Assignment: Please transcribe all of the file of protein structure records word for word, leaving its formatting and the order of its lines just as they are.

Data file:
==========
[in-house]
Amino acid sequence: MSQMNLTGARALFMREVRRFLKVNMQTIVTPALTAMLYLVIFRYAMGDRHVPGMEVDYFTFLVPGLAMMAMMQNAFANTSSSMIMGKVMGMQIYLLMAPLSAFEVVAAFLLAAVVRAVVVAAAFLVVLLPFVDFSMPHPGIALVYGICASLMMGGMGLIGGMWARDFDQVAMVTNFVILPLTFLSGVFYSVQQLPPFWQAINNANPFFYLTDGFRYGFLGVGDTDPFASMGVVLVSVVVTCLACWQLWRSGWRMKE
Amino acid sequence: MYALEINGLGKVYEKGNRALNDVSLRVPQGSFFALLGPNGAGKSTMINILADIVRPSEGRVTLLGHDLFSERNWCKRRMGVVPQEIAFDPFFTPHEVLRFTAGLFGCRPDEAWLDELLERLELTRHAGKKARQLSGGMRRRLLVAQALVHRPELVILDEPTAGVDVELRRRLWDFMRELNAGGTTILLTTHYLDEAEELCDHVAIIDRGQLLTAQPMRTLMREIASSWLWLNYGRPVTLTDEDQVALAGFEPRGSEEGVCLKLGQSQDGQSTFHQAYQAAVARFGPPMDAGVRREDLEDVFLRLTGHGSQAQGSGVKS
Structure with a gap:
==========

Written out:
[in-house]
Amino acid sequence: MSQMNLTGARALFMREVRRFLKVNMQTIVTPALTAMLYLVIFRYAMGDRHVPGMEVDYFTFLVPGLAMMAMMQNAFANTSSSMIMGKVMGMQIYLLMAPLSAFEVVAAFLLAAVVRAVVVAAAFLVVLLPFVDFSMPHPGIALVYGICASLMMGGMGLIGGMWARDFDQVAMVTNFVILPLTFLSGVFYSVQQLPPFWQAINNANPFFYLTDGFRYGFLGVGDTDPFASMGVVLVSVVVTCLACWQLWRSGWRMKE
Amino acid sequence: MYALEINGLGKVYEKGNRALNDVSLRVPQGSFFALLGPNGAGKSTMINILADIVRPSEGRVTLLGHDLFSERNWCKRRMGVVPQEIAFDPFFTPHEVLRFTAGLFGCRPDEAWLDELLERLELTRHAGKKARQLSGGMRRRLLVAQALVHRPELVILDEPTAGVDVELRRRLWDFMRELNAGGTTILLTTHYLDEAEELCDHVAIIDRGQLLTAQPMRTLMREIASSWLWLNYGRPVTLTDEDQVALAGFEPRGSEEGVCLKLGQSQDGQSTFHQAYQAAVARFGPPMDAGVRREDLEDVFLRLTGHGSQAQGSGVKS
Structure with a gap: